MILWAUKEE, WI – On Wednesday, November 10th at 10:30am, Senator Chris Larson and elder advocates hosted a virtual press conference on LRB 4675, the “Fairer Inheritance Act,” which seeks to repeal a harmful and unnecessary “death tax” on the estates of poor Wisconsinites.
Appearing with Sen. Larson at the press event were Janet Zander, MPA, CSW, who serves as Advocacy and Public Policy Coordinator at the Greater Wisconsin Agency on Aging Resources, Inc., and Paul Sturgul, elder law attorney with significant experience in estate recovery cases.
The bill would reverse changes made in 2014 to Wisconsin’s Medicaid Estate Recovery Program (MERP), which attempts to recover the cost of care for those participating in Medicaid-funded long-term care (LTC) programs after the recipient’s death. Federal law requires states to attempt recovery of the full cost of care from the recipient’s probate estate. Wisconsin joins a minority of states in going several steps further, including non-probate assets such as life insurance policies, joint property, spousal estates, home liens, and property held in trust to assets subject to recovery.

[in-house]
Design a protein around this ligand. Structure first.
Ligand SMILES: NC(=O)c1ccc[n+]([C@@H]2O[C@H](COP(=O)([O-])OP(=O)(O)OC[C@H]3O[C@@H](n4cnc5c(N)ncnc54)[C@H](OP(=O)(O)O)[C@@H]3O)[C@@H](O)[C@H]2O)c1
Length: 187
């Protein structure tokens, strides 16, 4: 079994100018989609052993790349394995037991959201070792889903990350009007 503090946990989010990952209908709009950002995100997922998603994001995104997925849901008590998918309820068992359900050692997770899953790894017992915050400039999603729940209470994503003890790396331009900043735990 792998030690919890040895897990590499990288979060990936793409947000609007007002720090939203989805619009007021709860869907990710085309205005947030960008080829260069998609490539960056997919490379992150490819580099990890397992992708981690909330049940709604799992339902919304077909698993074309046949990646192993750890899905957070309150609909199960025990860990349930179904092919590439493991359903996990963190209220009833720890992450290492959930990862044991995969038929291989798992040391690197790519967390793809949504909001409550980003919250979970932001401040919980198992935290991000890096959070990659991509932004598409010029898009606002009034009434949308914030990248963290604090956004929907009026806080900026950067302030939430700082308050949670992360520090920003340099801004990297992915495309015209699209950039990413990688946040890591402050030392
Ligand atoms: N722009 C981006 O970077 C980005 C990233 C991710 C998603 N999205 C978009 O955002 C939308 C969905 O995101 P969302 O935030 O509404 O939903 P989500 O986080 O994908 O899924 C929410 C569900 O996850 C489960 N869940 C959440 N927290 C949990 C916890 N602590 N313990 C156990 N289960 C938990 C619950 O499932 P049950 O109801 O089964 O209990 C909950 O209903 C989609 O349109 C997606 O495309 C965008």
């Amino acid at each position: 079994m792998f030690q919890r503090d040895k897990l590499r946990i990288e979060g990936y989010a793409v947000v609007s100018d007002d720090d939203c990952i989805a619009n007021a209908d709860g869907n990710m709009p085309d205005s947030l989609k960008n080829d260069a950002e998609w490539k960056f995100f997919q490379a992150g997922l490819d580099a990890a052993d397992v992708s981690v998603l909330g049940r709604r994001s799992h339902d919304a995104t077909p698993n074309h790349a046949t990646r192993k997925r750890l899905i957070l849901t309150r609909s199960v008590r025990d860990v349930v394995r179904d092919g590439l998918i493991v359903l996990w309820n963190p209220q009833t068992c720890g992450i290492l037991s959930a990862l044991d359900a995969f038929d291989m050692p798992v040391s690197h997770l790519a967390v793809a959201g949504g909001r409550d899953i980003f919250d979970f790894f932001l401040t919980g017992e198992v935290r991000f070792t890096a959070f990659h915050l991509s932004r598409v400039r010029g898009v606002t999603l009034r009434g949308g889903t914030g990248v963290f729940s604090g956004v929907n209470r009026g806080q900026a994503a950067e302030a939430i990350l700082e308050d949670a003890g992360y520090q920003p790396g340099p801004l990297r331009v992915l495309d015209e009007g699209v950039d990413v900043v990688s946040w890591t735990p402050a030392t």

The MERP program is the only federal welfare program that attempts repayment of lawfully provided benefits from its recipients. Despite LTC services costing approximately 50% of the state’s Medicaid budget, MERP recovers an average of just 0.55% of the overall cost of care.
Three-quarters of Medicaid recipients have less than $48,500 in assets at the time of their death. In a time of record budget surplus and record rainy day fund balance in Wisconsin, there is no reason to go after poor families to recover such a small amount, which would mean far more to the families left behind than state or federal coffers.
In the long term, the entire MERP program should be repealed. For now, the least we can do is avoid the unnecessary cruelty of collecting more from poor Wisconsinites after they die than we are required to by federal law.